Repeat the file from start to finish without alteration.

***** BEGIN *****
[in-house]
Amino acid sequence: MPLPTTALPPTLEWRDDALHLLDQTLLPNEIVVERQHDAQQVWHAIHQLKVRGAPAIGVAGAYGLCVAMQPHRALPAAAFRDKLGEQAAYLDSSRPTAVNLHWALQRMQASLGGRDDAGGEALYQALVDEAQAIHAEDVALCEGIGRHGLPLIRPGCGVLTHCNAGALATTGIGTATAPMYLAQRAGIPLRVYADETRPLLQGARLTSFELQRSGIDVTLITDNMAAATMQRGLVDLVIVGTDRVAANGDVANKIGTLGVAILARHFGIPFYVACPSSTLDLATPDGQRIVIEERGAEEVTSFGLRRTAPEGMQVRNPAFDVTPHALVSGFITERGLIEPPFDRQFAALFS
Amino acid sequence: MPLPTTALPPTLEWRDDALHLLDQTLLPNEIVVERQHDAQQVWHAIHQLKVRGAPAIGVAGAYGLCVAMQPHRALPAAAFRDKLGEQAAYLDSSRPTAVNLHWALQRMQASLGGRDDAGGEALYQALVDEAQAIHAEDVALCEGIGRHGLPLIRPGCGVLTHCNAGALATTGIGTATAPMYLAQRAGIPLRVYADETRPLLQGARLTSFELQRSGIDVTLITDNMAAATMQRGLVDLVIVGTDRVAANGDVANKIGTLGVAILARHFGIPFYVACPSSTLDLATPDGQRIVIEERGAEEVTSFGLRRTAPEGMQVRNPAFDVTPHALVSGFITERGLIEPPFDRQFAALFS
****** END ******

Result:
[in-house]
Amino acid sequence: MPLPTTALPPTLEWRDDALHLLDQTLLPNEIVVERQHDAQQVWHAIHQLKVRGAPAIGVAGAYGLCVAMQPHRALPAAAFRDKLGEQAAYLDSSRPTAVNLHWALQRMQASLGGRDDAGGEALYQALVDEAQAIHAEDVALCEGIGRHGLPLIRPGCGVLTHCNAGALATTGIGTATAPMYLAQRAGIPLRVYADETRPLLQGARLTSFELQRSGIDVTLITDNMAAATMQRGLVDLVIVGTDRVAANGDVANKIGTLGVAILARHFGIPFYVACPSSTLDLATPDGQRIVIEERGAEEVTSFGLRRTAPEGMQVRNPAFDVTPHALVSGFITERGLIEPPFDRQFAALFS
Amino acid sequence: MPLPTTALPPTLEWRDDALHLLDQTLLPNEIVVERQHDAQQVWHAIHQLKVRGAPAIGVAGAYGLCVAMQPHRALPAAAFRDKLGEQAAYLDSSRPTAVNLHWALQRMQASLGGRDDAGGEALYQALVDEAQAIHAEDVALCEGIGRHGLPLIRPGCGVLTHCNAGALATTGIGTATAPMYLAQRAGIPLRVYADETRPLLQGARLTSFELQRSGIDVTLITDNMAAATMQRGLVDLVIVGTDRVAANGDVANKIGTLGVAILARHFGIPFYVACPSSTLDLATPDGQRIVIEERGAEEVTSFGLRRTAPEGMQVRNPAFDVTPHALVSGFITERGLIEPPFDRQFAALFS